We’ve done something a little different with this preview, and you’re getting two opinions for the price of one. Upcoming puzzle game Filament has been road-tested by both myself and Gary to gauge different perspectives. With Gary being less enthusiastic about puzzle titles, and me a self-confessed puzzle geek, expect very different opinions that hopefully round up to a solid overview of what you can expect when this game launches later this year.
Right off the bat, I’m going to say that Filament is a bastard hard puzzle game. One puzzle took three of the GIAG team to solve it, over the course of nearly 24 hours of back-and-forth image sharing in Slack (the only other puzzle game to ever do this was The Witness). Chris Hyde ultimately deserves the credit for finding that winning solution because I certainly would have never figured it out alone. I’m not saying this to run the game down; quite the opposite, as it shows that Beard Envy (fantastic name, by the way) has put an awful lot of thought and care into Filament’s puzzle design.
The game begins as you board a seemingly abandoned ship, The Alabaster, in orbit around a mysterious planet. You soon discover that it’s not entirely abandoned, but not in that “in space, nobody will hear you scream” kinda way, Filament is no horror game. Instead, the ship’s navigator, Juniper, speaks to you over The Alabaster’s ship-wide communicator, as she has become trapped in the cockpit. You are, it seems, the Obi-Wan Kenobi to her Princess Leia: her only hope.
You will help her by powering up various terminals throughout the ship, which neatly introduces the (soon to be fiendish) puzzles I mentioned earlier. This is where things get a bit complicated because explaining how it works isn’t easy. Each puzzle follows the same rules, in that you have to power little pillars within each puzzle room. You do this by sending in a little robot (I think that’s it anyway, the game didn’t explain anything) that drags around a cable that you’ll wrap around each pillar, powering them as you go. It’s not always that simple, however, as you will have to power them in a specific order and you can’t cross over the cable, requiring some real out-of-the-box thinking at times. Hence the puzzle that needed three of us (well, two, I was just the one trying out the suggested solutions) to complete.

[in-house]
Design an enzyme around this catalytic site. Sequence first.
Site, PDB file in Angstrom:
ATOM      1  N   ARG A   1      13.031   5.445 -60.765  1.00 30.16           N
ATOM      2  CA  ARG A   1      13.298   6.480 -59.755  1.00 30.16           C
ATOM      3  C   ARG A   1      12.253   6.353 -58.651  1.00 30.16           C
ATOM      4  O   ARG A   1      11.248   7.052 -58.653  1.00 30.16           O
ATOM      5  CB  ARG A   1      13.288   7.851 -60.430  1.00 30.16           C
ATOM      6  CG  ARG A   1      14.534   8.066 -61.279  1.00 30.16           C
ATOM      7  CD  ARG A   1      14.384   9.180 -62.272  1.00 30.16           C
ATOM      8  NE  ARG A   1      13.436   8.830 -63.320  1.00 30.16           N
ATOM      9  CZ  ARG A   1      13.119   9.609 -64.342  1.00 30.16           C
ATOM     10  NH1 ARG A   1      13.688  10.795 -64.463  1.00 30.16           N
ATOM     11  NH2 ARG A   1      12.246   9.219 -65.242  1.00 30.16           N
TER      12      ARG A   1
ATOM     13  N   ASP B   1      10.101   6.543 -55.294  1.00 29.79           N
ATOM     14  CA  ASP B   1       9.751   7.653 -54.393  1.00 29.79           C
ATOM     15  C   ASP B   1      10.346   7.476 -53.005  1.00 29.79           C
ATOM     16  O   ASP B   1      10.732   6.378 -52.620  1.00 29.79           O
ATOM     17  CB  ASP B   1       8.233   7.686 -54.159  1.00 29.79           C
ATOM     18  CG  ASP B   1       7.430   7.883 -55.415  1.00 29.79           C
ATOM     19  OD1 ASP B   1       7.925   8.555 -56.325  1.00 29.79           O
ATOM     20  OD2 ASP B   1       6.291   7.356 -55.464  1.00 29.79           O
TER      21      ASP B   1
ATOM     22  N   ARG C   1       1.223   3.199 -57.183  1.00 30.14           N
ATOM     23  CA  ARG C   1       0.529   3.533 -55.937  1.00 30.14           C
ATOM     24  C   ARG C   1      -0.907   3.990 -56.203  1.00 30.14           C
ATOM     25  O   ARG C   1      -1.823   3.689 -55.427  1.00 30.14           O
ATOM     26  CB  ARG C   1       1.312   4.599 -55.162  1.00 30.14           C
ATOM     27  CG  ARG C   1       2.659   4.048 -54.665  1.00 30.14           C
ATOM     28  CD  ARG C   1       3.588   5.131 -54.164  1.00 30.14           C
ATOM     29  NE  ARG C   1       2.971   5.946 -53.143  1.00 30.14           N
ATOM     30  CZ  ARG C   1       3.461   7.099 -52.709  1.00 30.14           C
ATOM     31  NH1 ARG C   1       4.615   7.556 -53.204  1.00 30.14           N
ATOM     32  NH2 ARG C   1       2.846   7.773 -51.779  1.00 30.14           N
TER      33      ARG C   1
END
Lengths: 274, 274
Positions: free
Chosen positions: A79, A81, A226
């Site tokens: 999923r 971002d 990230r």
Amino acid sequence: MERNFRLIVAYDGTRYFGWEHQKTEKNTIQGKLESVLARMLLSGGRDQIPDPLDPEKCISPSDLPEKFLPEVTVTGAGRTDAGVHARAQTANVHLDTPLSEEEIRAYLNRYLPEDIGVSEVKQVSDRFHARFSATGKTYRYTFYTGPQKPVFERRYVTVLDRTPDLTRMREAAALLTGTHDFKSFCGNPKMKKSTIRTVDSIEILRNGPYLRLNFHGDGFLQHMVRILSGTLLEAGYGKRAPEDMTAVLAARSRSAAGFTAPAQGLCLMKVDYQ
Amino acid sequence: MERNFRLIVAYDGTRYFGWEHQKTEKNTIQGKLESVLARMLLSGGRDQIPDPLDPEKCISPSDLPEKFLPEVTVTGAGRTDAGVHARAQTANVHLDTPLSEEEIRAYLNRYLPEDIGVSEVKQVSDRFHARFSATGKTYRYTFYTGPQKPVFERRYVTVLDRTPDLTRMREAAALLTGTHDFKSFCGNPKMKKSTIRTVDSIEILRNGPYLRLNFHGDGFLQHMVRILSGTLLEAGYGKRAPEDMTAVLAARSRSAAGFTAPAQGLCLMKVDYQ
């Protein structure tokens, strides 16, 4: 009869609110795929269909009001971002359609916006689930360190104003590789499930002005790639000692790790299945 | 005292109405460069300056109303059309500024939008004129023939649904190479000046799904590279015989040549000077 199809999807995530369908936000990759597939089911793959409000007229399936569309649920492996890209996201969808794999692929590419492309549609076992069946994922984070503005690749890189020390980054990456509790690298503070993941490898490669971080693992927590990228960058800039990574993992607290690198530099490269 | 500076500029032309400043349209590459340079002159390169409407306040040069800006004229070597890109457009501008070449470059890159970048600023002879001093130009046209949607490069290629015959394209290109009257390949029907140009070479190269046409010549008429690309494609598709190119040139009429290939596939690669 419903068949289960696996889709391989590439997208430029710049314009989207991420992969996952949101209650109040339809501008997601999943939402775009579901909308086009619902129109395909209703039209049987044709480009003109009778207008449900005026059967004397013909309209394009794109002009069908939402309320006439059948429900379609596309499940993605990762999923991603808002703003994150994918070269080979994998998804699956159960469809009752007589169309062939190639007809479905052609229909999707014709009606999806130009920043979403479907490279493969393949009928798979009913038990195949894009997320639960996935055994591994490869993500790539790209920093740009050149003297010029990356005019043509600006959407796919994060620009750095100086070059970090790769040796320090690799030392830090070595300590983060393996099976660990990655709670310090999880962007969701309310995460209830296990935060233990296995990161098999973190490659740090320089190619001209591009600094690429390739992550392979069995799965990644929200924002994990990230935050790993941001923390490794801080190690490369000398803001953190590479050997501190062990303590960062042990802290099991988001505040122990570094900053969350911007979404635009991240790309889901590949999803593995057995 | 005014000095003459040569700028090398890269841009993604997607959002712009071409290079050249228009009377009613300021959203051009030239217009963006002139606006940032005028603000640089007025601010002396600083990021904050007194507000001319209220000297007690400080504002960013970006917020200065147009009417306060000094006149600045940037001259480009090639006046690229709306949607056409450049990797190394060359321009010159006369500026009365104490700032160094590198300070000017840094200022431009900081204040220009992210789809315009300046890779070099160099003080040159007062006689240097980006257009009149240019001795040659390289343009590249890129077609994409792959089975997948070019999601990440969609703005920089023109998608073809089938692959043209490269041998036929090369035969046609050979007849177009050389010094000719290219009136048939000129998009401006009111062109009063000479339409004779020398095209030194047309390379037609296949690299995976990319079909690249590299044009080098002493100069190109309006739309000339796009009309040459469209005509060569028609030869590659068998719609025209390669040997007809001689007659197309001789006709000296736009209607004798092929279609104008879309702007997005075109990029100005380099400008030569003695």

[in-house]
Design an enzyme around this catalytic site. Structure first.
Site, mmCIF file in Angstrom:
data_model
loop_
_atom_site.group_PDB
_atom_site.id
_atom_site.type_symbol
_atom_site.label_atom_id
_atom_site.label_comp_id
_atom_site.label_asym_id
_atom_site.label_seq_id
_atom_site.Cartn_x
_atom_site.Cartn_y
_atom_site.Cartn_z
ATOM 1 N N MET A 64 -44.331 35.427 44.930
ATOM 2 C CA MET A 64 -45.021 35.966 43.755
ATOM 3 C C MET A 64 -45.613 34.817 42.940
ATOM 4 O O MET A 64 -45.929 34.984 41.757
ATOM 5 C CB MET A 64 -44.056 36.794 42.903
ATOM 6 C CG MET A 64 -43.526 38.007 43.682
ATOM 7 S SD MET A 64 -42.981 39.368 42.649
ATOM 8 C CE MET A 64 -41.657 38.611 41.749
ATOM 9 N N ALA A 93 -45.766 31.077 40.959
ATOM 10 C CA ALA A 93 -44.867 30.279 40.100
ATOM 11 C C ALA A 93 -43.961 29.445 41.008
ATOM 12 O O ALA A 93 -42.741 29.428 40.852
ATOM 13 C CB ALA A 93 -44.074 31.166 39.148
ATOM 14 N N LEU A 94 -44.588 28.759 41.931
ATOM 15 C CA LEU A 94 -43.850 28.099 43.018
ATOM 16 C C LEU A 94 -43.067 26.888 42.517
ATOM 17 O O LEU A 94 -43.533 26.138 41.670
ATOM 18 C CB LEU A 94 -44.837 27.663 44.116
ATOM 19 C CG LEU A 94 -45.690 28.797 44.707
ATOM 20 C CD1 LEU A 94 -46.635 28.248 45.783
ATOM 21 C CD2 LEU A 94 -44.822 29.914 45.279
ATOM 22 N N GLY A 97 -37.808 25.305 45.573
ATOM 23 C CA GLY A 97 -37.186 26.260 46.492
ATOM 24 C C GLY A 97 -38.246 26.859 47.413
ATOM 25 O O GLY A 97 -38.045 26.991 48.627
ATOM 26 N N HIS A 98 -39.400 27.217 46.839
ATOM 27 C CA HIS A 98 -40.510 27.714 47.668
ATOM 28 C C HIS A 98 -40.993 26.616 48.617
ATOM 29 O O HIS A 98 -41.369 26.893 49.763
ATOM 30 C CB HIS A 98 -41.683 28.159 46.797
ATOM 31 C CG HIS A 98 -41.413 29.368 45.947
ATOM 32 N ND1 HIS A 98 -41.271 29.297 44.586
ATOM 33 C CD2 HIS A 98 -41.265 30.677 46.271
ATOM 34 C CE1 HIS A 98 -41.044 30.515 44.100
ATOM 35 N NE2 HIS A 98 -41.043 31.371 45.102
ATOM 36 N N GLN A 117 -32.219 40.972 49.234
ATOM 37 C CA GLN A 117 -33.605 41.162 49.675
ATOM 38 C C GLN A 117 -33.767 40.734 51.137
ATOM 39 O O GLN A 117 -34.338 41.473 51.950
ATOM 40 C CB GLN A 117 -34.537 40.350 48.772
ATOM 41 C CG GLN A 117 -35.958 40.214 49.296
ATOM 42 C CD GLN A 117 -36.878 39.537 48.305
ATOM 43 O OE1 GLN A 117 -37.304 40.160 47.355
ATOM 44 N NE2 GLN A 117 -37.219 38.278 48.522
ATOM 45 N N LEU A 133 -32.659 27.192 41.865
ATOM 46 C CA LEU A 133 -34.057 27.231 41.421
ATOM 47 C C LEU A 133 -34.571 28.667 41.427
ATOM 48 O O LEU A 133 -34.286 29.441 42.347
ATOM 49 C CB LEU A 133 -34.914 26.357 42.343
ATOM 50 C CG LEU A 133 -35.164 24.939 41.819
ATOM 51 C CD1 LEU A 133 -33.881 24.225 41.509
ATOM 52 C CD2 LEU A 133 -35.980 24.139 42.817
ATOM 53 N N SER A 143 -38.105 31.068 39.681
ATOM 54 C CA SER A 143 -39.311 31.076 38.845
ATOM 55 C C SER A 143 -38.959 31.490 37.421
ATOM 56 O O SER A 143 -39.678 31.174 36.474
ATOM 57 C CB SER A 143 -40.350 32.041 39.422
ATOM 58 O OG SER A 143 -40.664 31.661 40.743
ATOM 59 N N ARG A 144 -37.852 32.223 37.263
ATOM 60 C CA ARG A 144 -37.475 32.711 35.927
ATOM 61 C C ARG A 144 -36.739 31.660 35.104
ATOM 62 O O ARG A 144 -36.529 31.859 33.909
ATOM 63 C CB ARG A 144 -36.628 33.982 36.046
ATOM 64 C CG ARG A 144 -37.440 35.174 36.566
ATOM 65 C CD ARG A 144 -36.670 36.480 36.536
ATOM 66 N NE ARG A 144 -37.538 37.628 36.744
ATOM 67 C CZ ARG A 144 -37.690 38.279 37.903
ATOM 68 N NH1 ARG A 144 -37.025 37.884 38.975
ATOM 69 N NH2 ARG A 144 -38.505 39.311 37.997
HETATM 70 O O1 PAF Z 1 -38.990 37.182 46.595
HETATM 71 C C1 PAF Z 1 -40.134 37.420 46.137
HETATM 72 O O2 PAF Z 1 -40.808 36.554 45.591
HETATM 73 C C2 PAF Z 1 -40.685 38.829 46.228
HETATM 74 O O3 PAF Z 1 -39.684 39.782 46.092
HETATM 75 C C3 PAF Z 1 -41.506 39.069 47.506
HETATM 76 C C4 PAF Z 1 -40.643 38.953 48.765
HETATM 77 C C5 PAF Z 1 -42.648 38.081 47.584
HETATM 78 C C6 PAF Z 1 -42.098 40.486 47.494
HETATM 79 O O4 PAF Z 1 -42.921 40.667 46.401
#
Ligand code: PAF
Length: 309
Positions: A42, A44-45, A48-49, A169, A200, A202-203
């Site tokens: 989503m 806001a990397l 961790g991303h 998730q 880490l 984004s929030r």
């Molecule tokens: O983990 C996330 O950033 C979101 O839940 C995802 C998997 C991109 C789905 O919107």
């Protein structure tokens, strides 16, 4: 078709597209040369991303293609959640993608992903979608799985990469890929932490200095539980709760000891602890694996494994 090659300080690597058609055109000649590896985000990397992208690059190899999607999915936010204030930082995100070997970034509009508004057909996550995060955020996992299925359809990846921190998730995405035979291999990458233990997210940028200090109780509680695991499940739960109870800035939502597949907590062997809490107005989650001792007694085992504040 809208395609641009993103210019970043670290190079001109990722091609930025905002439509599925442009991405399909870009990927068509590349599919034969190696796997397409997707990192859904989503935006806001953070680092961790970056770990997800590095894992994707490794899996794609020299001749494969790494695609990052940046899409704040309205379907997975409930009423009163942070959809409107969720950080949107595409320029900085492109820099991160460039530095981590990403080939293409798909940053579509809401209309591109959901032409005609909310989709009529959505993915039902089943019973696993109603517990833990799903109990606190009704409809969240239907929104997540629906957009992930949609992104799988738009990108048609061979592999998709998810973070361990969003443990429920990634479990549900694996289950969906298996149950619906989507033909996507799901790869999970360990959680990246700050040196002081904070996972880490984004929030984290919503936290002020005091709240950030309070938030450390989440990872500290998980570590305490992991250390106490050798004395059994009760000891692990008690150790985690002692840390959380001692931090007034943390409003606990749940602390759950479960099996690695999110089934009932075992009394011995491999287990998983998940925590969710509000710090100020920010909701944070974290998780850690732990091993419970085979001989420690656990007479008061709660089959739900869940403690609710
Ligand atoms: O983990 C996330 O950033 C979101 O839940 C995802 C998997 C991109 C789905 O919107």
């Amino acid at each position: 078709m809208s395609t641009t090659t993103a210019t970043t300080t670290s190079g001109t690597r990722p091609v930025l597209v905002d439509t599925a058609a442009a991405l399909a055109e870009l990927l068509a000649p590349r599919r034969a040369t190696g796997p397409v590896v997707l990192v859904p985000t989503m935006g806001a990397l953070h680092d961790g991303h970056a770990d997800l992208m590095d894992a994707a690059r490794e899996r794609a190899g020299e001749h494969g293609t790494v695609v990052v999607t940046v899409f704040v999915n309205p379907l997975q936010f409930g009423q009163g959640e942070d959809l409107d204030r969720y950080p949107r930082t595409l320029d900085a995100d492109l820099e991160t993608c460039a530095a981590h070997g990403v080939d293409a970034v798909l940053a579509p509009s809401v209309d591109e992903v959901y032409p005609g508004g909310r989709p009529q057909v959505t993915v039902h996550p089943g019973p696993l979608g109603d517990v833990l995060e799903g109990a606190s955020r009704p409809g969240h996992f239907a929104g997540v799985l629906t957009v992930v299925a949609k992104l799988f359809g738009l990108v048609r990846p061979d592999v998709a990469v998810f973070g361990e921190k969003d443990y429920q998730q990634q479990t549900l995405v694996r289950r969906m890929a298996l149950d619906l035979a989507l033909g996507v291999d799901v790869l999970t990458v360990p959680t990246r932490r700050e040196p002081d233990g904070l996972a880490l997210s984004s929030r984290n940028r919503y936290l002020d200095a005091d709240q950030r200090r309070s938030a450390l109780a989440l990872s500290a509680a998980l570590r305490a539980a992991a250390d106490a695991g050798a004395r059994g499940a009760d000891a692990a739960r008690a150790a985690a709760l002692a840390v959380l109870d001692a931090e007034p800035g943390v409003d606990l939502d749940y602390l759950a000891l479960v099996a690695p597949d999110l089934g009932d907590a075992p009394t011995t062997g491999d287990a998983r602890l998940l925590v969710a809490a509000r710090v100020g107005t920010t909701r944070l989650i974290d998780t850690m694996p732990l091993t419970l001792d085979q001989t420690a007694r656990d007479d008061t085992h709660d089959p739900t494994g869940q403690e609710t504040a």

Outside of the puzzles, you’re free to roam The Alabaster as you please. You will find key cards that belonged to the rest of the crew, which you can take to the main terminal and, once you’ve input the rather unnecessary puzzle code, you can read their log entries and discover just what was going on before The Alabaster became a one-woman vessel.
The whole game is played from a top-down perspective, with a very simple art style that feels perfectly suited. It reminded me of Planet Alpha, in that respect. It’s also surprisingly simple to play, too. Using an Xbox controller, I rarely needed to press a button outside of A to select a terminal or pick up an item. While trying to solve puzzles, the left trigger would zoom out to reveal the whole room and give me an idea of how to proceed, whereas the right trigger would rewind progress, when I inevitably cocked it all up and had to start again.
Filament is genuinely a joy to play, thanks to how simple its controls are and just the relaxing pace at which it goes. When you do get stuck, there are usually other terminals open to you, so you can break off and try out another avenue of progression. Unfortunately, if you’re like me, it’s entirely possible that you’ll come across a dead-end at every terminal you visit. This is because it’s a game that feels designed to appeal only to hardcore puzzle fans, in its current, unfinished form. It’s a real shame because I was really intrigued by the story, but it only progresses through the completion of terminals, when Juniper’s voice echoes through the abandoned ship with a little more information for you to digest. Someone like me would never see the story through to its conclusion if the game were to remain so staunchly cruel in its puzzle design. I’m not saying that the game should be tailored to suit everyone, or dumbed down for idiots like me, I’m just forewarning you, dear reader, that if you aren’t into puzzle games then Filament is unlikely to appeal.